World Heritage Monuments are buildings or sites that are considered to have “outstanding universal value” according to the UNESCO World Heritage Centre.
Waters and architecture
Most of the World Heritage monuments in the Netherlands are connected to the country’s waters, and how they were battled, controlled and used throughout history. Other sites focus more on striking examples of architecture from a certain time period.
Nine World Heritage monuments
There are nine World Heritage monuments in the Netherlands:
Schokland and surroundings
Schokland (added to the list in 1995) is an elevated area near Emmeloord, that used to be an island in the Zuider Zee, a bay of the North Sea. The area has withstood flooding and tides as the sea engulfed its surroundings, making it an island in the 15th century. After a few centuries of habitation, the sea eventually forced the land to be evacuated.
The draining of the Zuider Zee in the 1940s reclaimed the land around Schokland, making it accessible once again. The area has historic vestiges of human habitation, and represents the tumultuous relationship the Netherlands has with the sea.
Defence line of Amsterdam
The defence line of Amsterdam (added to the list in 1996) dates back to the city’s fortifications around the turn of the century around the year 1900. Controlling the waters through hydraulic engineering, defences were strengthened with a network of armed forts that used the temporary flooding of the polders and the network of canals to their advantage. The defence line extends 135 km around the city of Amsterdam.
Mill network Kinderdijk-Elshout
The mill network at the Kinderdijk area (added to the list in 1997) is a legacy of the intricate constructions made to control, drain and handle the local waters from the Middle Ages to the present. Beside the famous windmills, the area contains dykes, reservoirs and pumping stations.
Ir. D.F. Wouda Steam Pumping Station
The Wouda Pumping Station in the province of Friesland (added to the list in 1998) is the largest steam pumping station ever built. It opened in 1920, and is still in operation.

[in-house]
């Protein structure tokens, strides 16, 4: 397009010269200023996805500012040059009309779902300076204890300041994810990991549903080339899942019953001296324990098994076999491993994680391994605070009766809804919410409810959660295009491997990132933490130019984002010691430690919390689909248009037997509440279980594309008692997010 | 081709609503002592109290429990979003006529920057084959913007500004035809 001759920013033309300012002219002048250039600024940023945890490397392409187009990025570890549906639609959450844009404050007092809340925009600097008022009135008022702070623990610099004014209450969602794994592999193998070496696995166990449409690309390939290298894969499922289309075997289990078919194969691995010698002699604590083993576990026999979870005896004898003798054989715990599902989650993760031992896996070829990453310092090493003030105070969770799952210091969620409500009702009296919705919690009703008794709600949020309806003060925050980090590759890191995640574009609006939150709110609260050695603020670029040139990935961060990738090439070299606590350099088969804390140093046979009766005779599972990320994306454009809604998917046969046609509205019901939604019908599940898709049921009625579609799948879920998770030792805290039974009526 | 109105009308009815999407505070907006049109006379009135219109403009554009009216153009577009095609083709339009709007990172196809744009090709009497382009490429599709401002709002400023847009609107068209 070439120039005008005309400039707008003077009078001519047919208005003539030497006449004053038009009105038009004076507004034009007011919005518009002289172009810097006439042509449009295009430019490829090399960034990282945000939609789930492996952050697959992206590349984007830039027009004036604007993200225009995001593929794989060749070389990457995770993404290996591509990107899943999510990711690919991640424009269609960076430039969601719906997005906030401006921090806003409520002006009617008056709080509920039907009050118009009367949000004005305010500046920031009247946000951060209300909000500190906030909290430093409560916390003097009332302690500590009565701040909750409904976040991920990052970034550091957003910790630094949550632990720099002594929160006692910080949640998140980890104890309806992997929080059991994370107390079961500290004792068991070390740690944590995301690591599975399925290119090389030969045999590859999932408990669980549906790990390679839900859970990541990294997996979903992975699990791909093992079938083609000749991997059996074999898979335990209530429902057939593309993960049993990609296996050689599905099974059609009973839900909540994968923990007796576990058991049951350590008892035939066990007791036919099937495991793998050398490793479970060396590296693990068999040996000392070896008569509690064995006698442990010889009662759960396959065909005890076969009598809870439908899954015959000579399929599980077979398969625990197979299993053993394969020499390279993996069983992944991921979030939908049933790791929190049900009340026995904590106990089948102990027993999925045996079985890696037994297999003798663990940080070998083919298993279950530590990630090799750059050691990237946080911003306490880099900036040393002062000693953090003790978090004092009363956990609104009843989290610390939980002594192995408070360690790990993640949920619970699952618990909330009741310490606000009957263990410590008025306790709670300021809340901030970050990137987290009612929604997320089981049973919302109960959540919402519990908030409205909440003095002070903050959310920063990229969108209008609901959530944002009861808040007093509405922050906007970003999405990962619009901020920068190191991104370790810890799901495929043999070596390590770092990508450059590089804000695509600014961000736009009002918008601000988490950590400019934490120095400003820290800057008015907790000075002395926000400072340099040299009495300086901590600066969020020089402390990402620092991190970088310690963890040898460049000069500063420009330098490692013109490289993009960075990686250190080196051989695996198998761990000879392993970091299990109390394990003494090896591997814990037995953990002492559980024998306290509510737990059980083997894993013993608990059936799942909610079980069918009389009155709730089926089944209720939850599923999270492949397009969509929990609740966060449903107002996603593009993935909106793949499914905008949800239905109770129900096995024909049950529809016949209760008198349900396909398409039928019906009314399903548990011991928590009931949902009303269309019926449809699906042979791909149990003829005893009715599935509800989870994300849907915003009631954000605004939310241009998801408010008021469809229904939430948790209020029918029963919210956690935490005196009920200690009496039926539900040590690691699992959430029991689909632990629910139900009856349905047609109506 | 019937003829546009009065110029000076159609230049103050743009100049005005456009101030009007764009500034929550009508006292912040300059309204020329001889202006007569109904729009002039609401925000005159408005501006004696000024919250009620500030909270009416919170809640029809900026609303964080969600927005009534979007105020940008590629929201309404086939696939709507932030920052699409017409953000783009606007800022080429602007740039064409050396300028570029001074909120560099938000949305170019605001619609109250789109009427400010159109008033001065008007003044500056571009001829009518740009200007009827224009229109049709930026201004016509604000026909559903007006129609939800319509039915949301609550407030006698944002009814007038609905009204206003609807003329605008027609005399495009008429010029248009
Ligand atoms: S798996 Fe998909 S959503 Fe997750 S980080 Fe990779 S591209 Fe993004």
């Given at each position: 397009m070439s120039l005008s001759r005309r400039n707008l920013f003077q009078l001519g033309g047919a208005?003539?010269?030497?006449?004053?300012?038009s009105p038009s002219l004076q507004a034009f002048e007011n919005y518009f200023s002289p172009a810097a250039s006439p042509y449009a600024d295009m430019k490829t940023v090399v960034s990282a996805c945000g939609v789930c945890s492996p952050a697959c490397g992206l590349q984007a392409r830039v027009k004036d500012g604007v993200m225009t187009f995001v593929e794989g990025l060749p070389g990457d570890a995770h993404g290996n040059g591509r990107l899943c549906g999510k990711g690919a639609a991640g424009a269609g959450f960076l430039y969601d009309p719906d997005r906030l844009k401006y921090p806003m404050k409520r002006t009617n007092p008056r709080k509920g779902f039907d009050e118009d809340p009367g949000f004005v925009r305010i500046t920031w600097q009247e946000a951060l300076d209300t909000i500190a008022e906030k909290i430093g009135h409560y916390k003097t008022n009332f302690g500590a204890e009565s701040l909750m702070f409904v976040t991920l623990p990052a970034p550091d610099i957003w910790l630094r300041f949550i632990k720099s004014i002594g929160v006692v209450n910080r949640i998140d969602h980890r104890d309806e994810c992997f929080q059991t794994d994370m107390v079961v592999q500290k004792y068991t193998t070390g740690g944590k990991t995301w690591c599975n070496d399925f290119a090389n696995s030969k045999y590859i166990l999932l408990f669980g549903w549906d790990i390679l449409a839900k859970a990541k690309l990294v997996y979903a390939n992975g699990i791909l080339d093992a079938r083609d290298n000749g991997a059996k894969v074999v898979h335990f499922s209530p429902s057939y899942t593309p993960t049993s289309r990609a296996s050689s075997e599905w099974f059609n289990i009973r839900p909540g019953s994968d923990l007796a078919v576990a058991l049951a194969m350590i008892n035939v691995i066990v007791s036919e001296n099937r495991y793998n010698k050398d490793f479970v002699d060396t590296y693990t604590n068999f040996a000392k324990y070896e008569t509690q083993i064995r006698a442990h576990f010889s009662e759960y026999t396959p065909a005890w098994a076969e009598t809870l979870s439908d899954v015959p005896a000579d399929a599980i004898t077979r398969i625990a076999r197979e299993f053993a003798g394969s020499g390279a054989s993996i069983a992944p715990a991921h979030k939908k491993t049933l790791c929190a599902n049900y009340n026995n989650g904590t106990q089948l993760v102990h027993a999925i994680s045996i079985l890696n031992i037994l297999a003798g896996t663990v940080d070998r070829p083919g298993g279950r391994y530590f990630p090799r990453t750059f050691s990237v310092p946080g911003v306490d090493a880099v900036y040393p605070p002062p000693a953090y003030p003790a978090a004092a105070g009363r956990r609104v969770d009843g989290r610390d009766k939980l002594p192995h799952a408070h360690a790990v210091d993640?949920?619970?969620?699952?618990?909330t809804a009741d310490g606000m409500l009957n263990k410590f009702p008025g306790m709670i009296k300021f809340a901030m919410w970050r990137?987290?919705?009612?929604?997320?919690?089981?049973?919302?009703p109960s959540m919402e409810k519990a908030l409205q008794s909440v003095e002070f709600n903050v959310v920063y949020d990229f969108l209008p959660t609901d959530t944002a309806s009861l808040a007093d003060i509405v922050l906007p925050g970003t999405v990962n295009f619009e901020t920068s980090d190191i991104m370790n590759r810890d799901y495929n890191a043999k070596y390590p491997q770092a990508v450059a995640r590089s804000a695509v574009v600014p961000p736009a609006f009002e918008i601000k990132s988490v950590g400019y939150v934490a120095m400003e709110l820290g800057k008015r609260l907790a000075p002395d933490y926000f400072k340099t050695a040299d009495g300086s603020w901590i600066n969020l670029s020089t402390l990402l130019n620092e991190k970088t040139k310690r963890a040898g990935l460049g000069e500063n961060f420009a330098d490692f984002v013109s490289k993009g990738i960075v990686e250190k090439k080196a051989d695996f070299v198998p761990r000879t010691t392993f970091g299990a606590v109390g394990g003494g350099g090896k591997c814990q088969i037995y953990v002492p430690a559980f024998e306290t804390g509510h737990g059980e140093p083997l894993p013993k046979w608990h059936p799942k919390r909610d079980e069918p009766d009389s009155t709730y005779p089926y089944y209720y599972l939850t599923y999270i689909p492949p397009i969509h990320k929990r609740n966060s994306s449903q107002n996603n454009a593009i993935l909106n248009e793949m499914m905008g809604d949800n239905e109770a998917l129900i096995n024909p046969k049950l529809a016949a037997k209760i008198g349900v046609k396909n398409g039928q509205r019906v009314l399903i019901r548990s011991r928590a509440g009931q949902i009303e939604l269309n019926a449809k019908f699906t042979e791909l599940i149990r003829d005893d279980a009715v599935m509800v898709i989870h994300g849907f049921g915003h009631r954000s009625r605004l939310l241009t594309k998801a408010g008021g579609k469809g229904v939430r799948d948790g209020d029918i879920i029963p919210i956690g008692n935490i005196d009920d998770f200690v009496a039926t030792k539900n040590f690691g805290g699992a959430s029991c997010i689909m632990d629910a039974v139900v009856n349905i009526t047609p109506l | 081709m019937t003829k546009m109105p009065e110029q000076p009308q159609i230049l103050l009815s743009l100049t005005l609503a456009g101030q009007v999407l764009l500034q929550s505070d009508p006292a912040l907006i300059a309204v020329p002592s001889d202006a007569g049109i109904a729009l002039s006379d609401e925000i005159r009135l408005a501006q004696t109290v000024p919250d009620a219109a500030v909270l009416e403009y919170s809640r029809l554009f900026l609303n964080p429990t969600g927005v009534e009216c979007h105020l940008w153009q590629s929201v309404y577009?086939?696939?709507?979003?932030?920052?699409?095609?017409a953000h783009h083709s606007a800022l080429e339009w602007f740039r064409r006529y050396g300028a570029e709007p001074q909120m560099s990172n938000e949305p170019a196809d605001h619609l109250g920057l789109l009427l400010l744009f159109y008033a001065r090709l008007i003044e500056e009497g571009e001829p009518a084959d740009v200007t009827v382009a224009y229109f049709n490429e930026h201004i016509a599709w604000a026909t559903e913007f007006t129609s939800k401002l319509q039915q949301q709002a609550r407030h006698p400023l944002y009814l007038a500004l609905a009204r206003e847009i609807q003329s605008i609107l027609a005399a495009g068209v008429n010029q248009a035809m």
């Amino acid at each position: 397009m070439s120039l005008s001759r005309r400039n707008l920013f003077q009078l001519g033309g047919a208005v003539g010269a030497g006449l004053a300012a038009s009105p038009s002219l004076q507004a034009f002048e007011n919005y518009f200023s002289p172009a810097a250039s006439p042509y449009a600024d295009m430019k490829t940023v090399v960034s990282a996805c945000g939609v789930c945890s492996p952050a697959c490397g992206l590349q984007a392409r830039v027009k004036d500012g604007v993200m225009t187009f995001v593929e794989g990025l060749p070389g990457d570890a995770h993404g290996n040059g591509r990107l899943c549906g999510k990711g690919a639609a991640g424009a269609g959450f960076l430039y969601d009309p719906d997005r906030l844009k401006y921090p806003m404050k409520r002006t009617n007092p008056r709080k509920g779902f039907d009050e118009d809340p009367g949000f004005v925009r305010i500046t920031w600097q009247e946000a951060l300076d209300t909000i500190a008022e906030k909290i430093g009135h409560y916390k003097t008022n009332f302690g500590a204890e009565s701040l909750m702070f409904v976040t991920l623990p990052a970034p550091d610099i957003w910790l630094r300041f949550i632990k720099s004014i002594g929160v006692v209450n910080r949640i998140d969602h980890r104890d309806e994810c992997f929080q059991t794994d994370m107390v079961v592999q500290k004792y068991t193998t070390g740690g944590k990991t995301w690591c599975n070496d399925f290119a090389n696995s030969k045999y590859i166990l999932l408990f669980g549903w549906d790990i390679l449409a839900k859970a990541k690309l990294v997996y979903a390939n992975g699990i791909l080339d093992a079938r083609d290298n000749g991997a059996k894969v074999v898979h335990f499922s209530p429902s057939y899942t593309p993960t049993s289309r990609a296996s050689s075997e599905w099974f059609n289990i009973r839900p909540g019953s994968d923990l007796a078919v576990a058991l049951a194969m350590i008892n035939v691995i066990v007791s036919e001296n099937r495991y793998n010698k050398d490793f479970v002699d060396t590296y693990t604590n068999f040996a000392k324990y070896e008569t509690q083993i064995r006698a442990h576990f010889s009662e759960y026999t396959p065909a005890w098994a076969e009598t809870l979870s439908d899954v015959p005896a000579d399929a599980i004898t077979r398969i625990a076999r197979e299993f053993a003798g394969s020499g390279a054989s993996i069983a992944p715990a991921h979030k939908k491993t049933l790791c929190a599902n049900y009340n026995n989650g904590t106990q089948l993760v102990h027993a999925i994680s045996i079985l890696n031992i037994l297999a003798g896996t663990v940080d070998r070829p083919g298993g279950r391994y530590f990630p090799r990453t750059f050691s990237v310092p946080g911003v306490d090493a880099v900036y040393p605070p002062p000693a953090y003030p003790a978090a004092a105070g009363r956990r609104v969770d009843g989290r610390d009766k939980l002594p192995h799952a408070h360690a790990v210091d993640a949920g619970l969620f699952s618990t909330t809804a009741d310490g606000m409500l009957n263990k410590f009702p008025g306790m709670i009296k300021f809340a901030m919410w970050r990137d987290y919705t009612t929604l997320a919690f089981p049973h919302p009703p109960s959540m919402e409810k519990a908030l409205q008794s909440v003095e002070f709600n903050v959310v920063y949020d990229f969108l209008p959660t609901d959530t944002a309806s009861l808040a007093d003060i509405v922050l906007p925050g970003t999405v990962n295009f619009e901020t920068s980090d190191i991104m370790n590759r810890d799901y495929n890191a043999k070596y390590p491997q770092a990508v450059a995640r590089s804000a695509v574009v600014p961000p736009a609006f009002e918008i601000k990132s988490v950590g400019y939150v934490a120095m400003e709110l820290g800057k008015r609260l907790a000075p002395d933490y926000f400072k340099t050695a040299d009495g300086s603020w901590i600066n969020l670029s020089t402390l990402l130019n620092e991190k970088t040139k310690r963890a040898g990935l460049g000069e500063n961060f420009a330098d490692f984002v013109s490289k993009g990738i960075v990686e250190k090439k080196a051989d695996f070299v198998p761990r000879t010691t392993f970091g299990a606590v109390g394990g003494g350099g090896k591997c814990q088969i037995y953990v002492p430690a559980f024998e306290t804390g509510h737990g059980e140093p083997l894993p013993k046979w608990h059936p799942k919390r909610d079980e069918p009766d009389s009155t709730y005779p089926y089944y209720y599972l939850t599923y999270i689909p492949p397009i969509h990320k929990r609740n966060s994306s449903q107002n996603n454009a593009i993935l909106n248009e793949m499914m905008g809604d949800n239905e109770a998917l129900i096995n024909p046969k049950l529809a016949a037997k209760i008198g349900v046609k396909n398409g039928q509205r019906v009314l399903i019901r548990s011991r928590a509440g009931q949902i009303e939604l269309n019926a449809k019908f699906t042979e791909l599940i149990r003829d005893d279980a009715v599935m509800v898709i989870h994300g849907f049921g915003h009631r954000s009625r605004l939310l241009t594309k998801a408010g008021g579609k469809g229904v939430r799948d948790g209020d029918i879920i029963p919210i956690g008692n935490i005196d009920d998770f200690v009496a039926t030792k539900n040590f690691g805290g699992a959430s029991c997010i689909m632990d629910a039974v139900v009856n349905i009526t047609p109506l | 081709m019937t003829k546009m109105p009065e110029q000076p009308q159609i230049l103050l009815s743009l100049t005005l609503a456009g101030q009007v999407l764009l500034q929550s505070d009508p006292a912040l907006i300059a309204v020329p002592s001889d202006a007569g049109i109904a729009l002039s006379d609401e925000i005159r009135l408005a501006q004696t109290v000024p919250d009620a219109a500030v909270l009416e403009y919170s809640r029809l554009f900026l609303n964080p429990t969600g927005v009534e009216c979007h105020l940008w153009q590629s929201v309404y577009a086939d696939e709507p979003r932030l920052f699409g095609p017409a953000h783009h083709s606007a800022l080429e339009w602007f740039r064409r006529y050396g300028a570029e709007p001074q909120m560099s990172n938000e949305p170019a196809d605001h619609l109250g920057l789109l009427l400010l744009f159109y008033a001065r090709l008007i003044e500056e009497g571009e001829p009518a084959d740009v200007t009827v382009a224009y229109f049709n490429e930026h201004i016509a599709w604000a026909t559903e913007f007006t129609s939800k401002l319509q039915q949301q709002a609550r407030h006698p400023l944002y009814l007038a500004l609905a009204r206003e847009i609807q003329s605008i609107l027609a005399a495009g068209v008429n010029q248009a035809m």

The Beemster Polder (added to the list in 1999) is an area of reclaimed land, with a well-preserved layout that illustrates classical and Renaissance planning principles. When the area was still a large lake, its waters were drained from in 1612, using dykes, windmills and pumping systems. These measures were taken to create food and space for the ever growing cities. The Beemster Polder’s waters are still actively managed to make sure the residential areas aren’t flooded.
Rietveld Schröder house
The Rietveld Schröder House (added to the list in 2000) was designed by the famous architect Gerrit Thomas Rietveld. It represents the Modern Movement in architecture, with its typical layout following the ideals of De Stijl (The Style), a famous Dutch art and design movement following a principle also known as neoplasticism.
The Rietveld Schröder House was built in Utrecht in 1924 for its resident, Truus Schröder-Schräder. It is a small and sober family house, yet it has its own kind of extravagance with a flexible spatial arrangement, and a three-dimensional, asymmetrical composition. It used primary colours, straight surfaces. A system of sliding and revolving panels makes the building ever changing and dynamic.
In between the North Sea and the mainlands of the Netherlands, Germany and Denmark is the Wadden Sea (added to the list in 2009). These waters contain a chain of mudflat islands (wadden) extending up from the Netherlands.
The Wadden Sea contains the largest unbroken system of mudflats in the world. The Dutch Wadden contains its own, special ecosystem that’s heavily influenced by the tides. The surroundings are constantly in transition between sea and land, with salt marshes, dunes and beaches. Rare and interesting species of flora and fauna can be found in the surroundings, which are accustomed to a life half lived on land, and half in the water. Seals, porpoises and special birds are abundant.
Canal ring of Amsterdam
The Canal Ring area of Amsterdam (added to the list in 2010) was formed in the 17th century, when Dutch cities were created in direct correlation with their canals due to the benefits in transport and defence. The network of canals runs through and around the old port town. Swamplands in the area were drained, and the canals came in their place, in order to extend the urban area. At the time, it was the largest example of urban extension of its kind, and served as an example to many projects to follow.
Van Nelle factory
Built around the 1920s, the Van Nelle factory (added to the list in 2014) was designed in the style of the then popular industrial constructivist style. It was used to produce coffee, tea and tobacco.
Located in Rotterdam, the building was constructed with lots of steel and glass, with the idea that the factory’s workings should be visible to the outside world, and that employees would work in an open environment with lots of daylight. The building harks back to Dutch ideals from the inter-war period, following goals to optimise industrial work and the mental state of a company’s workers.
Requests for World Heritage status
To obtain a World Heritage Status, sites that are deemed worthy must first be requested to be added, and are put on the list of requested monument sites. The RACM (Dutch Governmental Organisation for Archaeology, Culture Landscapes and Monuments) has selected various Dutch monuments to apply for the status of World Heritage Monument, the top 100 of which you can find on an extended list.